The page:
• Person making any inter-state taxable supply
  • Casual taxable persons
  • Person who is required to pay tax under reverse charge
  • Non-resident taxable person
  • Person who are required to deduct tax under section 37
  • Person who supply goods and/or services on behalf of other registered taxable persons whether as an agent or otherwise, irrespective of the threshold limit
  • Input service distributor
  • Person who supply goods and/or services other than branded services through electronic commerce operator, irrespective of the threshold limit
  • Any electronic commerce operator
  • An aggregator who supplies services under his brand name or his trade name
  • Such other person or class or persons as may be notified by CG or SG on recommendation of Council.

Lets’ understand it with examples.

Example 1 – Mr. XYZ has a small business of selling sarees in Varanasi. He collects sarees from other families in business of weaving unbranded sarees. He sell such Sarees on Snapdeal and Amazon. His annual turnover is below ₹ 10 lakh. Assess whether he is required to be registered under GST or not.

Yes, he is required to be registered under GST as he sells goods through electronic commerce operator (here Jasper Infotech and Amazon India), even though his annual turnover is below threshold limit as defined under Para 1 of Sch. III or Section 9 of the Model GST Law. His registration is compulsory due to clause (viii) of Point No. 5 under Sch. III.

Example 1 – Farji Naukri Service collects ₹ 1,000 from jobseekers to assist them in getting jobs. It claims to provide branded service for jobs and calls the fees collected as “Guaranteed Farji Naukri Job Service Fee”. Further, such collection is made via PayTM. Whenever, a jobseeker enters information into online website of Farji Naukri Service, CEO of Farji Company calls the jobseeker and persuade him/her to pay the amount. Assess whether Farji Naukri Service is liable to be registered under GST if total annual turnover is below ₹ 10 lakhs. Also assess applicability of GST if such company is a fraud company.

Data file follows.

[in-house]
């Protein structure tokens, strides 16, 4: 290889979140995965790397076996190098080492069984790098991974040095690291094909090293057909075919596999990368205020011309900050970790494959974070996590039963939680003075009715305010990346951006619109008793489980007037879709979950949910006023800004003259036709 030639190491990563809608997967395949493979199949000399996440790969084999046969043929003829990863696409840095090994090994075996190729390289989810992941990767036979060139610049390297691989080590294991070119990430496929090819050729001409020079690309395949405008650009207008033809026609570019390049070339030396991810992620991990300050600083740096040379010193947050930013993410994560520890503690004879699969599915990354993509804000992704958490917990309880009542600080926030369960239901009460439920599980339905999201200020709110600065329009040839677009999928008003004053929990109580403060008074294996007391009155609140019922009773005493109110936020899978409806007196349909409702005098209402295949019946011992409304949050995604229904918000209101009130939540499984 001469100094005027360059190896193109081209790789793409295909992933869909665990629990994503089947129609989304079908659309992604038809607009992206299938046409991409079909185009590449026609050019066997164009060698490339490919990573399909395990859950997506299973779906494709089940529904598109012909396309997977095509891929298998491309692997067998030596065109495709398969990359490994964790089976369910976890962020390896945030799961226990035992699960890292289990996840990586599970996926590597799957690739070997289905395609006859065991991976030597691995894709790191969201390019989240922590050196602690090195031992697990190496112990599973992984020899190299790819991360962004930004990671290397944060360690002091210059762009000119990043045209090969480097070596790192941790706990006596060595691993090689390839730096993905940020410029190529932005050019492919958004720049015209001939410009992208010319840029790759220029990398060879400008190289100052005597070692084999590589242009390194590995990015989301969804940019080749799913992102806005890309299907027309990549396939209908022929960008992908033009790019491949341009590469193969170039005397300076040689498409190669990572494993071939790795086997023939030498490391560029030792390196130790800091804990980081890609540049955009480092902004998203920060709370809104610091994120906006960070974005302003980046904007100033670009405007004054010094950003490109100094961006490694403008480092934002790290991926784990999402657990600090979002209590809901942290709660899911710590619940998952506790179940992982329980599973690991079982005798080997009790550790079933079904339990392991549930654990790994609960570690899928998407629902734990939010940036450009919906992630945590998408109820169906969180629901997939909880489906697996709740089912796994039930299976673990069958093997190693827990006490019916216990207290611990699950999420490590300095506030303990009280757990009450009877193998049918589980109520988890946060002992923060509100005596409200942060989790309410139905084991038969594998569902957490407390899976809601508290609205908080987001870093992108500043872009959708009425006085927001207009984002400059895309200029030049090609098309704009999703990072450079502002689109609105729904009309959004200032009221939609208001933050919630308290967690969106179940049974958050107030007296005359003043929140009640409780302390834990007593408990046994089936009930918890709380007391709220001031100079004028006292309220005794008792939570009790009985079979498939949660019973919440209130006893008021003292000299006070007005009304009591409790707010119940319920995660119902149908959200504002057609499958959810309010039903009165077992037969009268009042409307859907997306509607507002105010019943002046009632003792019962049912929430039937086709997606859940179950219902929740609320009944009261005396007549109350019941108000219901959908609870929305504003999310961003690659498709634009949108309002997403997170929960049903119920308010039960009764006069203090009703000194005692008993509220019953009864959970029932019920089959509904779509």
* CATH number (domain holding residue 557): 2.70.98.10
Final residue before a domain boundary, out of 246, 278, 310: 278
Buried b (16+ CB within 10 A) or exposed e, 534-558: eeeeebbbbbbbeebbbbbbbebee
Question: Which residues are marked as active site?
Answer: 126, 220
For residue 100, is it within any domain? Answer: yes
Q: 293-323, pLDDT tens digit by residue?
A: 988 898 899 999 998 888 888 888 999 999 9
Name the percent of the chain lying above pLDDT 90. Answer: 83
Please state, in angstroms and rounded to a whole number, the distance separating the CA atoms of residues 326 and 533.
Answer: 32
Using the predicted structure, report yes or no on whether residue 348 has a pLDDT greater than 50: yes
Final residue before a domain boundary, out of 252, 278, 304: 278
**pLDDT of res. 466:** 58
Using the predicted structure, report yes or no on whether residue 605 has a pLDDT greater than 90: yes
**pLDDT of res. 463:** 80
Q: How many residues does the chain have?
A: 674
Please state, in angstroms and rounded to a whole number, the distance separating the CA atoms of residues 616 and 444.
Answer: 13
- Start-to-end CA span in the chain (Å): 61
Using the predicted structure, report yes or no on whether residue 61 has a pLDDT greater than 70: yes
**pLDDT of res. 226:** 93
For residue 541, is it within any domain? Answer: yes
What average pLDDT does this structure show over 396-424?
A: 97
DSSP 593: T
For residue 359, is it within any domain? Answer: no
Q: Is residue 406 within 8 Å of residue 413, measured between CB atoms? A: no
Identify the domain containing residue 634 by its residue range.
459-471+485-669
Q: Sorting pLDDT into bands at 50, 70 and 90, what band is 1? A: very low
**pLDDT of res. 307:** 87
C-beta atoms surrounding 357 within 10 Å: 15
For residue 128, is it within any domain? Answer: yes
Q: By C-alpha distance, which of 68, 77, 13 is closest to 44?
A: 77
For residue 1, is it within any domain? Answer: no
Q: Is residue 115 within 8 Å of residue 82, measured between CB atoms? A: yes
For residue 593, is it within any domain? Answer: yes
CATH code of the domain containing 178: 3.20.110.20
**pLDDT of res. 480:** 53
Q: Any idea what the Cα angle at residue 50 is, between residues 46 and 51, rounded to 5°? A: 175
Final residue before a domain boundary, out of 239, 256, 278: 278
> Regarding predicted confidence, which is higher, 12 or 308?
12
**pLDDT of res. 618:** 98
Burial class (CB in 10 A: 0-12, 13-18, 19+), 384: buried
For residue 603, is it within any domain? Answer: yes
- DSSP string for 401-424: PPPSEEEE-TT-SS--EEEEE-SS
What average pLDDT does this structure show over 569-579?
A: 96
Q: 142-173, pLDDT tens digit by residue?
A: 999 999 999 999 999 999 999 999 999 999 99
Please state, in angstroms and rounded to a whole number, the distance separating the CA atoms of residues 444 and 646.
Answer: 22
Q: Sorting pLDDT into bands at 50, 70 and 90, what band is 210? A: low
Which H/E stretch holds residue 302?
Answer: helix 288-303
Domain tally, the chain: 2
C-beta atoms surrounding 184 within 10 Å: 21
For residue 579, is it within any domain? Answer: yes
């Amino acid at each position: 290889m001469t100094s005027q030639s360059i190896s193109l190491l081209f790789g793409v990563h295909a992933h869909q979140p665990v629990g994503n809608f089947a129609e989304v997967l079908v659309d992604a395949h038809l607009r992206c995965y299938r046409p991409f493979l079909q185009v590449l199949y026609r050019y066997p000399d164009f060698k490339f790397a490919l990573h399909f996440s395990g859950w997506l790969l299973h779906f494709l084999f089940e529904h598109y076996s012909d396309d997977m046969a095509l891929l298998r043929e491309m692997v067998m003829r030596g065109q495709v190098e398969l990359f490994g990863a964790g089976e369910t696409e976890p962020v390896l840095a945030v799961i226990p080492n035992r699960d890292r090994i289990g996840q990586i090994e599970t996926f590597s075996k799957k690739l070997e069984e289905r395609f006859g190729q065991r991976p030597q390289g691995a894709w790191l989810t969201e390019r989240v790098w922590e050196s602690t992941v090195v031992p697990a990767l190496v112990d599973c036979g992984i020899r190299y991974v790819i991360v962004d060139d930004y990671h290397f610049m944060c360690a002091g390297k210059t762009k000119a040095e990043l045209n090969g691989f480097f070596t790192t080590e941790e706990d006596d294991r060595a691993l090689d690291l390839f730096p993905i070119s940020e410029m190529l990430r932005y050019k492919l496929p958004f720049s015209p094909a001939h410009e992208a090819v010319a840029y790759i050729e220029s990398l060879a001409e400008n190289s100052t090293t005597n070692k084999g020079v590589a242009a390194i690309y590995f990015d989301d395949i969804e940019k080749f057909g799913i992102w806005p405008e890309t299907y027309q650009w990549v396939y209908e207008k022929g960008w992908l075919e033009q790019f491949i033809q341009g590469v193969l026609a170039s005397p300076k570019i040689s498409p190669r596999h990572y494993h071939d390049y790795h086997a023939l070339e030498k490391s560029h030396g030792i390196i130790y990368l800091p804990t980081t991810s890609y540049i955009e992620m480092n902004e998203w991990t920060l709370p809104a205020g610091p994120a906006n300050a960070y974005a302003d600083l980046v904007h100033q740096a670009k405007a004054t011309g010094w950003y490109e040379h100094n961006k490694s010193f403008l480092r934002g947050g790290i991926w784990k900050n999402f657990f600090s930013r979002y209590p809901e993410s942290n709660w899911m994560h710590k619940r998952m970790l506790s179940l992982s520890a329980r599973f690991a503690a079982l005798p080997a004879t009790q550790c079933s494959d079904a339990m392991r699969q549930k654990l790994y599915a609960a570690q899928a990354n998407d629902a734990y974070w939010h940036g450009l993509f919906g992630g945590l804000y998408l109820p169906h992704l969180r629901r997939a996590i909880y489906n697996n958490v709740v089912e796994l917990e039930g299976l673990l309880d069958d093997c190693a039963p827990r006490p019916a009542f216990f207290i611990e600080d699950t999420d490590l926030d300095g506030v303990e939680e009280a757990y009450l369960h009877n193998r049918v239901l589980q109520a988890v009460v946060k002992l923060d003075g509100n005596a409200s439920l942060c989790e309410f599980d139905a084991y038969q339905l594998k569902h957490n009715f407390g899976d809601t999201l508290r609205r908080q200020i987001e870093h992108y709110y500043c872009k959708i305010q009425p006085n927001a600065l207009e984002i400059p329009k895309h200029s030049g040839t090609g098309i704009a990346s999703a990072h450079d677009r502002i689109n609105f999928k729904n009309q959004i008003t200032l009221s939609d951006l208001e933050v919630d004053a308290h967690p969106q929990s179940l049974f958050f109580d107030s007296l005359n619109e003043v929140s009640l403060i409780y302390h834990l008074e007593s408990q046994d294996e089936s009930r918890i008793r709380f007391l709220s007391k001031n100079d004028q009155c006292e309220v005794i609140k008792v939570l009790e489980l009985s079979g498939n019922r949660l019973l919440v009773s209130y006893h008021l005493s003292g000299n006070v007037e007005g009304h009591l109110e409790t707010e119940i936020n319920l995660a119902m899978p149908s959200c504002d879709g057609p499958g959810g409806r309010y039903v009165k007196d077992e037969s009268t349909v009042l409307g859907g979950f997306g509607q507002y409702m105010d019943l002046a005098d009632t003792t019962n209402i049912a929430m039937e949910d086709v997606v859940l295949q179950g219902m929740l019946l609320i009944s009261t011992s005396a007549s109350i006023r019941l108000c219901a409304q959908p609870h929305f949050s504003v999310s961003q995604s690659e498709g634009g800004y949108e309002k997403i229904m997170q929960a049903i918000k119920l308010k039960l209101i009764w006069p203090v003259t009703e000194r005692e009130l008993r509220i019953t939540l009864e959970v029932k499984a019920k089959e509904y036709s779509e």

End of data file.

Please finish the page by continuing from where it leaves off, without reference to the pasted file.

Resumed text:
Here, no matter whether the company is fraudulent or not, doesn’t affect the applicability of registration under GST. Further, in this case, under section 43B of Model GST Law, clause No. b, c & d, such services termed as a branded service by Farji Naukri Service can be assumed to be qualified to be called as branded services, although they may not have been registered. Therefore it is not required to be registered under GST unless its turnover crosses the threshold limit under Para 1 of Sch. III.

  • Services provided via online mode except the branded services are required to be registered under GST without giving effect to the threshold limit. Such registration is compulsory under clause (viii) of Point No. 5 of Sch. III.

I hope above examples and references to the sections of Model GST law is helpful in accessing applicability of GST. If you have any doubt or suggestion, feel free to post via comment.

Tags : Applicability of GSTGSTWhen to register under GST
Raj Kumar

The author Raj Kumar

I love blogging and studying taxation. I write articles related to Tax laws and common issues in handling taxation in India. Often, common but small mistakes make things complicated. I write and share them to save precious time of others.